D.C. police have confiscated more than $1 million in stolen property and a large cache of drugs in raids at the home and business of a Washington merchant, police officials announced yesterday.

Police said the raids were conducted Monday afternoon at Ma-lart Inc., a small retail business at 5416 Georgia Ave. NW owned by Mallion J. Davidson, and at Davidson's home, 3116 Alabama Ave. SE.

Davidson, 46, was arrested at the Georgia Avenue address and charged with possession of heroin and cocaine with intent to distribute and trafficking in stolen property, police said. He was arraigned in D.C. Superior Court yesterday and released on $4,000 bond.

During a press conference at a police storage facility yesterday, Inspector Edward J. Spurlock of the Repeat Offenders unit, which headed the investigation, displayed an assortment of gold necklaces, watches, silver coins, money, and building fixtures seized in the raids.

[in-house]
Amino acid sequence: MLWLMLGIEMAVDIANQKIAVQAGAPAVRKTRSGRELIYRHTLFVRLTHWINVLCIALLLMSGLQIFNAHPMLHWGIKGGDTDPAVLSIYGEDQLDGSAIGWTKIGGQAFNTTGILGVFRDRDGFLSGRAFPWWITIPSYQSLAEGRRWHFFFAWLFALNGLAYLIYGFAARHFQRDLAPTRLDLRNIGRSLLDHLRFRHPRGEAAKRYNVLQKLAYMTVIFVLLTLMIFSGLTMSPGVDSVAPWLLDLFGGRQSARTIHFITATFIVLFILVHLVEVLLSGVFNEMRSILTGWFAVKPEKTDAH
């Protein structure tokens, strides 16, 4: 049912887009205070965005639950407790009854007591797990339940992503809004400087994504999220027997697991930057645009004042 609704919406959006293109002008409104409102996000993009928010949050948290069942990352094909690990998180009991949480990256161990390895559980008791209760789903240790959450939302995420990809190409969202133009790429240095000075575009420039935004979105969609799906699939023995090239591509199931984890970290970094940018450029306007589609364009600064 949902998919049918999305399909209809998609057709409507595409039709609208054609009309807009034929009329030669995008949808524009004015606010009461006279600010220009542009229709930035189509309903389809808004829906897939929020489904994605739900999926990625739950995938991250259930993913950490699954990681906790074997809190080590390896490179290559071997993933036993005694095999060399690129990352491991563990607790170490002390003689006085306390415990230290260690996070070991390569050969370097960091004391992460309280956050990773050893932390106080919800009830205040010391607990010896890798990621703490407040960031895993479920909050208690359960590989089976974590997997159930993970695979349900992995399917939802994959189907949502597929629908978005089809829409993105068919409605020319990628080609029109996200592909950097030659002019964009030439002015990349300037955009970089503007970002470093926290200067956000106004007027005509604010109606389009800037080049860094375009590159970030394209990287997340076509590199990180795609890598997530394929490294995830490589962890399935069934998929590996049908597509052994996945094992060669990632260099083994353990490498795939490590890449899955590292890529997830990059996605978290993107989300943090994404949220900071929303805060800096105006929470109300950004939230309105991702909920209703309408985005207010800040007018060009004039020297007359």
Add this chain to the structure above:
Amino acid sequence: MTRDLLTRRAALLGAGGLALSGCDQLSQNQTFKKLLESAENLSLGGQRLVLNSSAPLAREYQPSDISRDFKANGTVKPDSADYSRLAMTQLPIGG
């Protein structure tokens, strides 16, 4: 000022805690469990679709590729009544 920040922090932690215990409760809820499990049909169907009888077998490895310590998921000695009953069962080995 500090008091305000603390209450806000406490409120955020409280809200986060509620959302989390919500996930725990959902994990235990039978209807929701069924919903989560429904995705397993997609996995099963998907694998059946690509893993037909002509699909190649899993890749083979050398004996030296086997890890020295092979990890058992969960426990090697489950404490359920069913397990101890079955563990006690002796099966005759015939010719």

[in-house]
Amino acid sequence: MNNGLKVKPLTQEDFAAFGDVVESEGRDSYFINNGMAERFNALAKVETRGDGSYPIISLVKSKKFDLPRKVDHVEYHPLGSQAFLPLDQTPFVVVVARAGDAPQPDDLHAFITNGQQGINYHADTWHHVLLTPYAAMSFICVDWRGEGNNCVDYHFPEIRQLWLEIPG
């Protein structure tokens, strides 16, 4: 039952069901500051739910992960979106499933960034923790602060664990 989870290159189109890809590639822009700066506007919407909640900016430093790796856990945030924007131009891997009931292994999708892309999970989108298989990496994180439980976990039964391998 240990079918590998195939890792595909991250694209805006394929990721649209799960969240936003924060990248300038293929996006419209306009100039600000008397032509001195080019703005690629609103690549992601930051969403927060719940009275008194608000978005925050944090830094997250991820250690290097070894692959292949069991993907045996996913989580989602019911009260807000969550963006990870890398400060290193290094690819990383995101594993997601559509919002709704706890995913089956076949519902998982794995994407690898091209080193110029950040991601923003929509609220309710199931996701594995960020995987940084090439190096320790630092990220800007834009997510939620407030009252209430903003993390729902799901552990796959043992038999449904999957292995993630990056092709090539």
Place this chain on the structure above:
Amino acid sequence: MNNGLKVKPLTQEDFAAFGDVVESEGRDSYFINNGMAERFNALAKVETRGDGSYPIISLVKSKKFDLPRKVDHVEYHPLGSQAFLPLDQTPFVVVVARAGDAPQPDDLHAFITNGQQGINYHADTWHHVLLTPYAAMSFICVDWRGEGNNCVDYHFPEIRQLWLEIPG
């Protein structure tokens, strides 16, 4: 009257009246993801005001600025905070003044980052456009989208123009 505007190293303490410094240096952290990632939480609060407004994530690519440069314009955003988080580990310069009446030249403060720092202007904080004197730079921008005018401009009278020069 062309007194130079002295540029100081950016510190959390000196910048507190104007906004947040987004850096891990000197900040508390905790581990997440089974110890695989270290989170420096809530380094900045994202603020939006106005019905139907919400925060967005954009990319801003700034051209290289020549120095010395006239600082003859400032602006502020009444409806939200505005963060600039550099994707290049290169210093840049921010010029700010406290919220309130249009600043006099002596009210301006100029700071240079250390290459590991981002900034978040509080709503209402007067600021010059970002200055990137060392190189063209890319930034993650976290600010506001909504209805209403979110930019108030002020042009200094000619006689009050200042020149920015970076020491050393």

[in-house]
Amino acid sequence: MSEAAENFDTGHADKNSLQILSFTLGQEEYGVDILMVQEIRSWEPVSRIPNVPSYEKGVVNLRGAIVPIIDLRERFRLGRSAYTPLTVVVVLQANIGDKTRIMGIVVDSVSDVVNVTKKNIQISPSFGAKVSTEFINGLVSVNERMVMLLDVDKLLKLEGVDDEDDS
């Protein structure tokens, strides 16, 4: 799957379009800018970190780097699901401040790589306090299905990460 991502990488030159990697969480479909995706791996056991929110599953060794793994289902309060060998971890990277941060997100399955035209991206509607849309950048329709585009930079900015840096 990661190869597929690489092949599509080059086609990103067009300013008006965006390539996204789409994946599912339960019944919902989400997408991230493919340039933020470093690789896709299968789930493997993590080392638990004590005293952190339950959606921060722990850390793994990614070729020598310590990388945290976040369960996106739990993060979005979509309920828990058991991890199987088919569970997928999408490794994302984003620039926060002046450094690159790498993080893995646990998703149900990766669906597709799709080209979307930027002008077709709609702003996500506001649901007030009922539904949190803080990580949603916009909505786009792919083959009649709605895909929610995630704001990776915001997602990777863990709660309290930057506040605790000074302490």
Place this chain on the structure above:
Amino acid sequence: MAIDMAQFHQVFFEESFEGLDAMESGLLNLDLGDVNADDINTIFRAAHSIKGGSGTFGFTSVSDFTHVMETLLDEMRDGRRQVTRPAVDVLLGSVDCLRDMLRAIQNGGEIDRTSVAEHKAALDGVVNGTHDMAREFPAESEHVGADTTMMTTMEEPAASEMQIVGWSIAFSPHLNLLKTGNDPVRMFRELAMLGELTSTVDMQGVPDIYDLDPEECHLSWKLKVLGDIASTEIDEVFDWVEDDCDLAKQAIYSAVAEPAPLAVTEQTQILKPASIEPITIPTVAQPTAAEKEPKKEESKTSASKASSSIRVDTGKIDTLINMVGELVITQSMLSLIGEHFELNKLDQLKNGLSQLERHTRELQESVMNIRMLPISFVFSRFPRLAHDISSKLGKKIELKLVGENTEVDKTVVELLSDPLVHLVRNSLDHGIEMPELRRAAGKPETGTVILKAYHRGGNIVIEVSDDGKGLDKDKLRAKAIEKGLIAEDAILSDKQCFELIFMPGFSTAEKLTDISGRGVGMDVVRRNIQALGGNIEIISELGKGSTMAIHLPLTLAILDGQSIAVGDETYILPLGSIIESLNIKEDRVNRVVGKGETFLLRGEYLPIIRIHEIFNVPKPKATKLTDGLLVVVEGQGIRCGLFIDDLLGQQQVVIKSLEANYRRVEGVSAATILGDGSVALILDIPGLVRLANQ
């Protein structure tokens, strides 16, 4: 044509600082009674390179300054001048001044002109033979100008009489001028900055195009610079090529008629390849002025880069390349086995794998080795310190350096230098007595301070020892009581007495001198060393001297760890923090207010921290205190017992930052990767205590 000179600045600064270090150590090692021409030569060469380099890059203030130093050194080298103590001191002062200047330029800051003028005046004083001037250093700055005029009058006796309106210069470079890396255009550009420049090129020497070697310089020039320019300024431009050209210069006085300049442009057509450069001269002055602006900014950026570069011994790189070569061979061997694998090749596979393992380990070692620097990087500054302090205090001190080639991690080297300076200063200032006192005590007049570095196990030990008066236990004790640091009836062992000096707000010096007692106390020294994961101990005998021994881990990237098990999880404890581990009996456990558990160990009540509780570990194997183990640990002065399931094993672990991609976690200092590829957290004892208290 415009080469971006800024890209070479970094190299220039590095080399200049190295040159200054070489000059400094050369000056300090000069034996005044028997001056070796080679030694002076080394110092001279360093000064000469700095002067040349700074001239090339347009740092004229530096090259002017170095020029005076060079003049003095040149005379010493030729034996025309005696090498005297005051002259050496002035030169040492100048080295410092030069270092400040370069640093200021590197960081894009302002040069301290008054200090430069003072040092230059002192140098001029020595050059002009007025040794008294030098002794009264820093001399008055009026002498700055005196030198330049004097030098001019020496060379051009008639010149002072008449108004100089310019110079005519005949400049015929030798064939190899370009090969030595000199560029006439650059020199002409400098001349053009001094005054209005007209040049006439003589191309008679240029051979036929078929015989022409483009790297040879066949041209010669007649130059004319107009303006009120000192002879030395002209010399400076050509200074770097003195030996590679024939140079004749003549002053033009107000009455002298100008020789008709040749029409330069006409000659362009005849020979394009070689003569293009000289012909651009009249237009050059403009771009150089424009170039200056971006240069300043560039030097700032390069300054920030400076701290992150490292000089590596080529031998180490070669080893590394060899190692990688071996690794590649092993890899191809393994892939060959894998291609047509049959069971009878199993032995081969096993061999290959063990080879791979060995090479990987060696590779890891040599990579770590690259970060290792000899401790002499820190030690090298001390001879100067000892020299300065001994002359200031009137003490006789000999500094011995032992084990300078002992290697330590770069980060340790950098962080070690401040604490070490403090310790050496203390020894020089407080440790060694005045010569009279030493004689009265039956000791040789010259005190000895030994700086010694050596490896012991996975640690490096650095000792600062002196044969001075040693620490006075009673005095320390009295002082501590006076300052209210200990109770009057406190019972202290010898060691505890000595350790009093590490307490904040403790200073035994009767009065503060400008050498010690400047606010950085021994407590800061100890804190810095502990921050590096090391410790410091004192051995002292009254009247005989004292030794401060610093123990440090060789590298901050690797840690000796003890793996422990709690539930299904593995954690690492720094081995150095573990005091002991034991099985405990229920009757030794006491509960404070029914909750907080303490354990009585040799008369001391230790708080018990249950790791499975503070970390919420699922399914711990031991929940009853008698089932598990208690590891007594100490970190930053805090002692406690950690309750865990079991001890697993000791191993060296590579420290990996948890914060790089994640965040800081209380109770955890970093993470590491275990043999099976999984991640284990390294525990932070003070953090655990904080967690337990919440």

"We found at the business heroin worth about $500,000 and $30,000 worth of cocaine," Spurlock said. "We took $20,000 in stolen properties out of the business. At the same time, we were searching the home and found over $1 million in rings, jewelry, coins and other property as well as some cocaine."

Police alleged that the business, located in a one-story brick building, was being used as a "front" for what they described as one of the city's major fencing operations, and that stolen items were apparently being "bought, sold and stored" there.

"We would see people go there and sell goods," Spurlock said. "These were known burglars that would go there often."

Spurlock added that the raids represented "the largest breakup of a fencing operation" in the District in four years and that the investigation was continuing.

A Georgia Avenue shop owner, who works near Mallion's business and who asked not to be identified, said he had seen workers renovating the building in recent weeks. He also said brown paper had been taped inside the building's windows.

"I saw carpenters, plumbers and electricians going in and out of the place a lot," he said. "They just finished putting stucco on the front."

Police said they began their undercover investigations last month after receiving a tip from the FBI.

Spurlock would give no details about the tip.

Police are trying to find the owners of the alleged stolen property by distributing pictures of the recovered items to local television and radio stations and newspapers, Spurlock said.